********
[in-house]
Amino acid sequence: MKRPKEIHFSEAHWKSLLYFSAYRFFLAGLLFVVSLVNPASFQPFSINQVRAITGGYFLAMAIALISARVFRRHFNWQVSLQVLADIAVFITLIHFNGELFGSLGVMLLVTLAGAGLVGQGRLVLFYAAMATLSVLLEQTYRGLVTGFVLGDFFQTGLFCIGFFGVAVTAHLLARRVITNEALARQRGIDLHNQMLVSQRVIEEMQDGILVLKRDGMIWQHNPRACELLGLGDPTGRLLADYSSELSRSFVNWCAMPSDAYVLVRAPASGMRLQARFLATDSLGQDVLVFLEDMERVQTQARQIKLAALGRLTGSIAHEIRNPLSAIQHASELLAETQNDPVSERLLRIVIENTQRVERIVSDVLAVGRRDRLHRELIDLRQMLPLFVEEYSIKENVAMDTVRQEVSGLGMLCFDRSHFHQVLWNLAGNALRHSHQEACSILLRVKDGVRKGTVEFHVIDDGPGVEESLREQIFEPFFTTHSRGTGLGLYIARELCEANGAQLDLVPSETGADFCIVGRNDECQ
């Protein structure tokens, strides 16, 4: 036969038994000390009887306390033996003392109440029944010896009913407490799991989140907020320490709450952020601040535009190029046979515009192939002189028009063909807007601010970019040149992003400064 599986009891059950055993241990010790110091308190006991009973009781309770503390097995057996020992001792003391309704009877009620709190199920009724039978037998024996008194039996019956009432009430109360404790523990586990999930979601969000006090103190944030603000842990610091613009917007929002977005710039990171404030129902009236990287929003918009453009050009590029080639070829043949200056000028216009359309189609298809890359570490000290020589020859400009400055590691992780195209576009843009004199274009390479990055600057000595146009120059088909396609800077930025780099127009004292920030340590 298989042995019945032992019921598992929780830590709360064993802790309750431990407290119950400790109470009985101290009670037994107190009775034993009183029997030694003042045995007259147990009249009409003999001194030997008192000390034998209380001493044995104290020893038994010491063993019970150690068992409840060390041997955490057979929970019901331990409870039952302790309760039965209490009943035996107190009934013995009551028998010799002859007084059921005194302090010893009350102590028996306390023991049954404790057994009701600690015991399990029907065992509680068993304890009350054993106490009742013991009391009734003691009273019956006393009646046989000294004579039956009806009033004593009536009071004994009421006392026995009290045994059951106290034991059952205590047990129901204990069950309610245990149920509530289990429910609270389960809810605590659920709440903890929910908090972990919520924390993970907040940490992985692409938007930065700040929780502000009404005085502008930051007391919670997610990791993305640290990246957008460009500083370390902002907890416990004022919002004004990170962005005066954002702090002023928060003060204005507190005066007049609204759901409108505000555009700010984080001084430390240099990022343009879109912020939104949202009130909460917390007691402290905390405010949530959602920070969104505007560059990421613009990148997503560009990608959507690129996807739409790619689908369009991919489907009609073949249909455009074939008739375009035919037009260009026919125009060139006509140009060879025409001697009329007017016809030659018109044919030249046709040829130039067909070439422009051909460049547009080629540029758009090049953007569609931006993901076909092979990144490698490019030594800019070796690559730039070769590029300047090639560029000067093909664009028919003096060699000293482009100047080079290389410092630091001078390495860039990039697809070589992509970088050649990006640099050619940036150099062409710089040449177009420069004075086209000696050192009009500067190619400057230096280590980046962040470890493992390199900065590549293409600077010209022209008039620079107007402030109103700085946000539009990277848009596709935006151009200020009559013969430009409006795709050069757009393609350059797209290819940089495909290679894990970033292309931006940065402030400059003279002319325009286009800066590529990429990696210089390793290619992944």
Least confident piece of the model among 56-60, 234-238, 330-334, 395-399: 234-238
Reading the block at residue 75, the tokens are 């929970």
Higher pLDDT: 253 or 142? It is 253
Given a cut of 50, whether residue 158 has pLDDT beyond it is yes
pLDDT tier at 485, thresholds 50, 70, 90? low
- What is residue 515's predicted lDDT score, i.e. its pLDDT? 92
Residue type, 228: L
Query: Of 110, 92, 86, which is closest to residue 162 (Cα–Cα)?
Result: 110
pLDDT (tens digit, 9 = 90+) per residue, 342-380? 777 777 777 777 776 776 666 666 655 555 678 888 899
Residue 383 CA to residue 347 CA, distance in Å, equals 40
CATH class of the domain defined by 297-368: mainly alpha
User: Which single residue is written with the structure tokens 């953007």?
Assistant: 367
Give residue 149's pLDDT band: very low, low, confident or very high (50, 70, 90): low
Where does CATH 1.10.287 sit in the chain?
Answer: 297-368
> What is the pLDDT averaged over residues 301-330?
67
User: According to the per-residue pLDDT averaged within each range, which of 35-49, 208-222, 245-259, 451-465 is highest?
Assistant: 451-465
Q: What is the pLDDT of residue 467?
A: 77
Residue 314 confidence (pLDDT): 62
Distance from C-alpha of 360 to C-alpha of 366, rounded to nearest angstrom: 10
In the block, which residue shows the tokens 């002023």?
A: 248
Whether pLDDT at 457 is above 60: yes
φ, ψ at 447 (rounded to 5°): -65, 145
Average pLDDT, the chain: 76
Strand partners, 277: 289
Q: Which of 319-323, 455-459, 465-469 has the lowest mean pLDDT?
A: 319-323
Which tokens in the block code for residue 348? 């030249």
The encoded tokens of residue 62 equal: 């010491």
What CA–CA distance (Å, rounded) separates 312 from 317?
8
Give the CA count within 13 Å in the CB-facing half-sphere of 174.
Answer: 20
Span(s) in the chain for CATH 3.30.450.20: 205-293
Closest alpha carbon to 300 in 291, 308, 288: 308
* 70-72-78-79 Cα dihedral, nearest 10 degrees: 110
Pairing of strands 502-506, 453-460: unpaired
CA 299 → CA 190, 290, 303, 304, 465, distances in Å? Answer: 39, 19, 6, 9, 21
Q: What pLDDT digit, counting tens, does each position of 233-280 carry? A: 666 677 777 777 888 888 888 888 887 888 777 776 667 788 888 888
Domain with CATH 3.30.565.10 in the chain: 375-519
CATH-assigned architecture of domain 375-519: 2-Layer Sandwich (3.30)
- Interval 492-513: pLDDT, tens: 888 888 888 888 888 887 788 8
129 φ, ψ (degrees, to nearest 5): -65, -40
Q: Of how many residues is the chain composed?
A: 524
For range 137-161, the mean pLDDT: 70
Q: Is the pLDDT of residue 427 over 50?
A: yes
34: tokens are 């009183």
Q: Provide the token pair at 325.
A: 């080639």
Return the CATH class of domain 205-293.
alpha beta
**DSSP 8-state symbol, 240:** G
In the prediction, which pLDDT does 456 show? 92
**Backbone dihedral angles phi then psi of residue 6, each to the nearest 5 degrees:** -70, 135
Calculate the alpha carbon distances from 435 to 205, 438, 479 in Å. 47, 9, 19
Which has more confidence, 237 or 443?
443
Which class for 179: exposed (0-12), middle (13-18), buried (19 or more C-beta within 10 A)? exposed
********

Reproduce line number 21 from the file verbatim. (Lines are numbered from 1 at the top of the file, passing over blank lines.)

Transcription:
> What is the pLDDT averaged over residues 301-330?